How can the creative arts support eating disorder recovery? Eve, Orri’s Art Psychotherapist, discusses just that in our latest blog.
“Art is not always about pretty things. It’s about who are, what’s happened to us and how our lives are affected.”
There are endless possibilities around what you can create in making art – isn’t it amazing that no two art pieces are ever the same, because no two people are the same and we are all so wonderfully unique.
I think that sometimes individuals struggling to access their creativity, are grappling with ideas around how something is ‘meant’ to look and whether their difference is acceptable according to their inner critic. It’s incredibly brave to do this when in the throes of an eating disorder because often the voice of identity can be obscured or mistrusted.
By letting go of ‘Should’s and Must’s’ and overwhelm of flooding thoughts, feelings and bodily states, and committing to the creative process with its many unknowns; there is on some level trust in one’s ability to trust and be with oneself, alongside their therapist, and others present.
We explore how to mindfully navigate expectations in recovery in our blog.
I am reminded of the familiar expression, ‘trust the process.’ With that said, this isn’t always plain sailing as no therapeutic process ever is.
“There has to be an interplay between highs and lows if we are to access the most transformative chemistry of creation.”
McNiff writes about the art therapist creating a safe, thoughtful and creative space, where the art of mindfulness can be used to role-model how we ‘pay attention to ourselves and to each other, to the space and to the images, without desire, without expectation. Allen in Rappaport (p.56,2014.)
Mindfulness is characterised by being fully present, focused and aware of what is sensed and/or felt in the moment, without judgment. This practice is a discipline that is crafted and refined over time. Milner (p.94,1986) eloquently shares, ‘By a simple self-chosen act of keeping my thoughts on one thing instead of dozens, I had found a window opening out across a new country of wide horizons and unexplored delights.’
Attending to the process of mindfulness allows there to be a new inward focus, this is supported by being witnessed and seen by the therapist and by others. The experience is intimate, revealing maybe, and often uncomfortable initially because it is a new way of being together. In art therapy witnessing is supported by reflections that are free of judgement and compassion. ‘Witnessing others with compassion and openness can help us learn to do the same for ourselves.’ McNiff (p.49, 2011)
“Acting as a witness to the expressions of another not only generates significant bodily, mental and spiritual effects, but the person making the art can experience satisfaction in providing these resources to others. In this respect, the arts therapy context is profoundly reciprocal with respect to the medicines of giving and receiving.”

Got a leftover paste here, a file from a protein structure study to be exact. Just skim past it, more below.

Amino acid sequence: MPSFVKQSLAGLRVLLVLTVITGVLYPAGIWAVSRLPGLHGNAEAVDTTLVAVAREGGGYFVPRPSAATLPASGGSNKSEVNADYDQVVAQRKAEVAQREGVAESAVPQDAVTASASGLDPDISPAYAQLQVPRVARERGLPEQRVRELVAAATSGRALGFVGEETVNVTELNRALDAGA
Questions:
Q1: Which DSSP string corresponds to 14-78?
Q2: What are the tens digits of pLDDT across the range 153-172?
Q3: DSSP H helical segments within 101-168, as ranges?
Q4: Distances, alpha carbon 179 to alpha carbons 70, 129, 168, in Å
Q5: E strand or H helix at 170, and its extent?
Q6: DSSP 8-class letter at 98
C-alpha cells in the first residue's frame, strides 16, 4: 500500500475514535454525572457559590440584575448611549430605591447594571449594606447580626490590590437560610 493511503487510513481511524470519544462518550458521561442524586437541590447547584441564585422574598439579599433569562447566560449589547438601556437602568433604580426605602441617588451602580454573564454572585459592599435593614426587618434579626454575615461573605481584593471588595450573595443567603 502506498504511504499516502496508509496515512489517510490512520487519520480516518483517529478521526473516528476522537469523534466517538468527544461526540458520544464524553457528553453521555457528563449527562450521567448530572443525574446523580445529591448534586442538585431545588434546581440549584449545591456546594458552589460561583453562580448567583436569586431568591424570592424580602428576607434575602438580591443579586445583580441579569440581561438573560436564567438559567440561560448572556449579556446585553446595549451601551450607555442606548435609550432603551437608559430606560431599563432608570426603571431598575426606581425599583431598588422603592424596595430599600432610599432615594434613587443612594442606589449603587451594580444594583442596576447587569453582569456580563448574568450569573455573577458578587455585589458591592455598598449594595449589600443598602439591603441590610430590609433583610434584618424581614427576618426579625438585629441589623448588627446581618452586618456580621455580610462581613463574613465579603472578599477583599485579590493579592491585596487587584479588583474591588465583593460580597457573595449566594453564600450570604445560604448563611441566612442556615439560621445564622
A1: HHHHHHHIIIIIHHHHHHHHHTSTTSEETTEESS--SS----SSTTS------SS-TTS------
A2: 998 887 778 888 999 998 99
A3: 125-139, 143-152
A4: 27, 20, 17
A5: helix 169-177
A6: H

McNiff in Rappaport (p.49, 2014)
We explore about how mindfulness supports eating disorder recovery in another blog.
There is something really magical about creating and witnessing which supports the ability to build relationships with others and with the self.
In tracing ideas of the significance of witnessing back to early development we see how this interacts with the here and now.
“A person is first seen by another, similar to a child being held as an infant, and, through this interaction, begins to see and learn about oneself. After self-awareness begins developing in a person, they are able to understand others more. Though it may not progress in such a linear fashion, an inner witness is continually evolving and shifting for the person to understand oneself and subsequently relate to others.”(Adler, 1987; Musicant,1994).
Yes! That inner witness is evolving constantly and changing – and that change is ok because life is continually changing and testing us.
We can use the principles of mindfulness and pay attention to the inner witness to guide us and know about ourselves in all our colours, where we can be free to move in new directions which enable the emergence of a self that is unapologetic and worthy, if only we can dare to trust the process, to see and be seen.
I have included the above image of my own art practice made in solitude – I think it speaks to letting go of those weighty consuming distractions and focusing on being guided by my own curiosity in trusting the process.
Peeling back the edges of the leaf, I notice how beautiful and imperfect the print left behind is – I just love that.
Adler, J. (1987). Who is the Witness?: A description of Authentic Movement. In Pallaro, P. (Ed.), Authentic Movement: Essays by Mary Starks Whitehouse, Janet Adler, and Joan Chodorow (pp. 141-159). London, UK: Jessica Kingsley Publishers.
Allen, P.B (2014) “Intention and Witness. Tools for Mindfulness in Art and Writing.” In Rappaport,L. (2014) Mindfulness and the Arts Therapies. Theory and Practice.Jessica Kingsley Publishers. London
Musicant, S. (1994). Authentic movement and dance therapy. American Journal of Dance Therapy, 16(2), 91-106. https://doi.org/10.1007/BF02358569
McNiff, S (1998) Trust the Process: An Artist’s Guide to Letting Go. Shambhala Publications Inc. Boston. In Vance,L. (1998) Trust the Process: An Artist’s Guide to Letting Go, Art Therapy, 15:4, 275-276, [online]: https://doi.org/10.1080/07421656.1989.10759340.
McNiff,S. (2014)“The role of Witnessing and Immersion in the Moment of Arts Therapy Experience”: In Rappaport, L (2014) Mindfulness and the Arts Therapies: Theory and Practice. Jessica Kingsley Publishers, London.
Milner, M. (1986) A Life Of One’s Own. Routledge, London.
Has your recovery journey inspired your creativity?
We always love to see and share art, poetry and written prose by the eating disorder community. If you would like your work to feature on our website, visit our Blog.